This devotional is about Genesis 26.

The cliché, “like father, like son” became a cliché because it is true. Children are reproductions of their parents, not just physical reproductions but reproductions in many other ways. Although each of us has characteristics that are unique and different from our parents, we consciously and unconsciously pick up many of the things that one or both of our parents do.

Here in Genesis 26, we see Isaac reproducing the behavior of his father Abraham. Twice Abraham told his wife Sarah to pretend that she was his sister (Gen 12, 20) so that he would not fear being killed by some other guy who wanted her. This was a stupid strategy, really. It did protect Abraham, which was his goal. But it threatened his marriage in both instances and forced his wife twice into unwanted relationships with other men. Abraham’s strategy was unloving to Sarah, untrusting of God, and just downright stupid.

So where did Isaac get the brilliant idea to do use the same strategy? It must have come from Abraham sharing his stories. God was the hero of Abraham’s stories, protecting Sarah in both cases and even enriching Abraham in the process. The moral of Abraham’s stories should have been, “Isaac, I did something stupid and sinful in these cases. God was merciful and protected us, but be wise and don’t do what I did.” Maybe Abraham tried to convey that; maybe he just told his stories with a laugh because things turned out well. Whatever Abraham said, tried to say, or implied in his telling of these stories, Isaac got the wrong message. The message Isaac took from Abraham’s experience was, “Lie at all costs to save your life when you feel insecure about the beautiful woman God gave you.” Predictably, Isaac got the same results when he used Abraham’s strategy. He kept himself out of harm’s way but, in the process, lost his wife’s companionship and nearly lost his marriage completely.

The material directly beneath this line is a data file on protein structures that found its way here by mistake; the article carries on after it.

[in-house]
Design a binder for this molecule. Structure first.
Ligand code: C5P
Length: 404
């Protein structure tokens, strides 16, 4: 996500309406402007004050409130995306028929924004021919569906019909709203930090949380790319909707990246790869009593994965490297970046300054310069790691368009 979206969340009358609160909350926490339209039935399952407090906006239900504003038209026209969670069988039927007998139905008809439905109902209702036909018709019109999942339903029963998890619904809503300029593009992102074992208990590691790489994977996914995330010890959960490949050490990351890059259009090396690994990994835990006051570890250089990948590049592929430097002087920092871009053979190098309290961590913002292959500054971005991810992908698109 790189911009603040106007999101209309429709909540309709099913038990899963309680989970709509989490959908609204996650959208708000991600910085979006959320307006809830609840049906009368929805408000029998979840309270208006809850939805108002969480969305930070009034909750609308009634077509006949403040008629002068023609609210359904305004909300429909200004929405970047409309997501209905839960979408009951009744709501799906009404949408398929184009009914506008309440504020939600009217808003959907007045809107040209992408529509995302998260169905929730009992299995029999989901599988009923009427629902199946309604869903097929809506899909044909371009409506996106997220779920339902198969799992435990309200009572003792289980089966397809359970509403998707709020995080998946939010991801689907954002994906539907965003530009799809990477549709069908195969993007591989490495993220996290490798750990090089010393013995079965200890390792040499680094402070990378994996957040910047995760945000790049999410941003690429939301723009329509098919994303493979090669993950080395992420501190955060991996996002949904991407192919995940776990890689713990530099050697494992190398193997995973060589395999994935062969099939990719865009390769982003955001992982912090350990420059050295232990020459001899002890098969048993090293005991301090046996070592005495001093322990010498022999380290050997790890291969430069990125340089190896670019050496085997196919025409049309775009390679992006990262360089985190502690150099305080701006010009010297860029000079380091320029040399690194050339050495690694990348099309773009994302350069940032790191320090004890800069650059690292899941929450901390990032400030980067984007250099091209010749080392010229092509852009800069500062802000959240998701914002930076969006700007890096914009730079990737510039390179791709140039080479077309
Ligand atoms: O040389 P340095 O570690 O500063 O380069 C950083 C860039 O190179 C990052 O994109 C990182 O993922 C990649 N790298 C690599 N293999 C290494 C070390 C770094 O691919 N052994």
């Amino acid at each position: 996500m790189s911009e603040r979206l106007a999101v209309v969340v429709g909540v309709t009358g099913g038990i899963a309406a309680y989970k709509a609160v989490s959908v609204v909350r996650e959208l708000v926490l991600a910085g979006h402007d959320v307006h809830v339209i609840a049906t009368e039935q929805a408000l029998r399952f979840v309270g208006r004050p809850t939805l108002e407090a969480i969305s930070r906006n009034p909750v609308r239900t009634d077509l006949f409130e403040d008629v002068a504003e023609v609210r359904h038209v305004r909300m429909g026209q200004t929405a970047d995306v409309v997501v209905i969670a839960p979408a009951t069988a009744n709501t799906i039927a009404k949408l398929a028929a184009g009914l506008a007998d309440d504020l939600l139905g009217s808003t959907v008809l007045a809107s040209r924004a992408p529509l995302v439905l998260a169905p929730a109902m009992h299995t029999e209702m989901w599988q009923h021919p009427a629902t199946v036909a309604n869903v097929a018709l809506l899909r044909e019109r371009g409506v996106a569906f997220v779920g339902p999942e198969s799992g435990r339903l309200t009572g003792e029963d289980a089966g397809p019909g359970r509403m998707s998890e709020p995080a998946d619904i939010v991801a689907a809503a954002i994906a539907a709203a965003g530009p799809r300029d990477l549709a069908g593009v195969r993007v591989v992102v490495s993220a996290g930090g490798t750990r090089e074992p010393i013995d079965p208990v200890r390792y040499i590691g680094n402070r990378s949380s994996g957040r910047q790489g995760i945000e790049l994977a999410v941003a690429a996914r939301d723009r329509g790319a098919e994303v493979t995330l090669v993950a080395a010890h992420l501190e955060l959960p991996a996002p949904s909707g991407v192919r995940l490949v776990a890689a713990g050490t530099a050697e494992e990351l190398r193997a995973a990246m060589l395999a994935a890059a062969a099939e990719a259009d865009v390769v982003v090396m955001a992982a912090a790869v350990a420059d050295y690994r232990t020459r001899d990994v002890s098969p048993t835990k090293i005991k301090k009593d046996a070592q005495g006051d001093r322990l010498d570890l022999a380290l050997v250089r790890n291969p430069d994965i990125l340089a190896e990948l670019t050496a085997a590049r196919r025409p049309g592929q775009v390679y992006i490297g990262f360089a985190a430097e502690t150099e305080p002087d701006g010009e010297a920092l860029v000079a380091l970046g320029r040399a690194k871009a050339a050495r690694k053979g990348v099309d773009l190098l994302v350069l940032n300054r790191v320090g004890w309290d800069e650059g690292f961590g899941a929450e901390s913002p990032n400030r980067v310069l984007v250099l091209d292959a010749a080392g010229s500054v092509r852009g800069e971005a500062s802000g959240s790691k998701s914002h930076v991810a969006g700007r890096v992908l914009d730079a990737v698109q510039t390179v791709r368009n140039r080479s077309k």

The moral of these stories for us is, “Tell your stories to your kids, but make sure you teach them the right lesson to learn.” Don’t indirectly teach your kids, “Hey, I sinned and got away with it so you can, too.” Instead, directly teach your kids, “I sinned but God was merciful. Learn from my bad example, trust God, and do what is right.”

Have you told your kids any stories that they might get the wrong ideas from? Fix that while you can; don’t let your kids repeat the same mistakes you’ve made.

Like father, like son. But it doesn’t have to be that way for the bad stuff. Instead, show your son and daughter the right path. Let them stand on your shoulders and be wiser than you were.

Genesis 20, Nehemiah 9, Psalm 19

Today, read Genesis 20, Nehemiah 9, and Psalm 19.

This devotional is about Genesis 20.

Abraham and Sarah did this, “We’re brother and sister” thing before back in Genesis 12:10-20. On that occasion, they were in Egypt; here they are in Gerar. In Genesis 12, God protected Sarah just as he did here.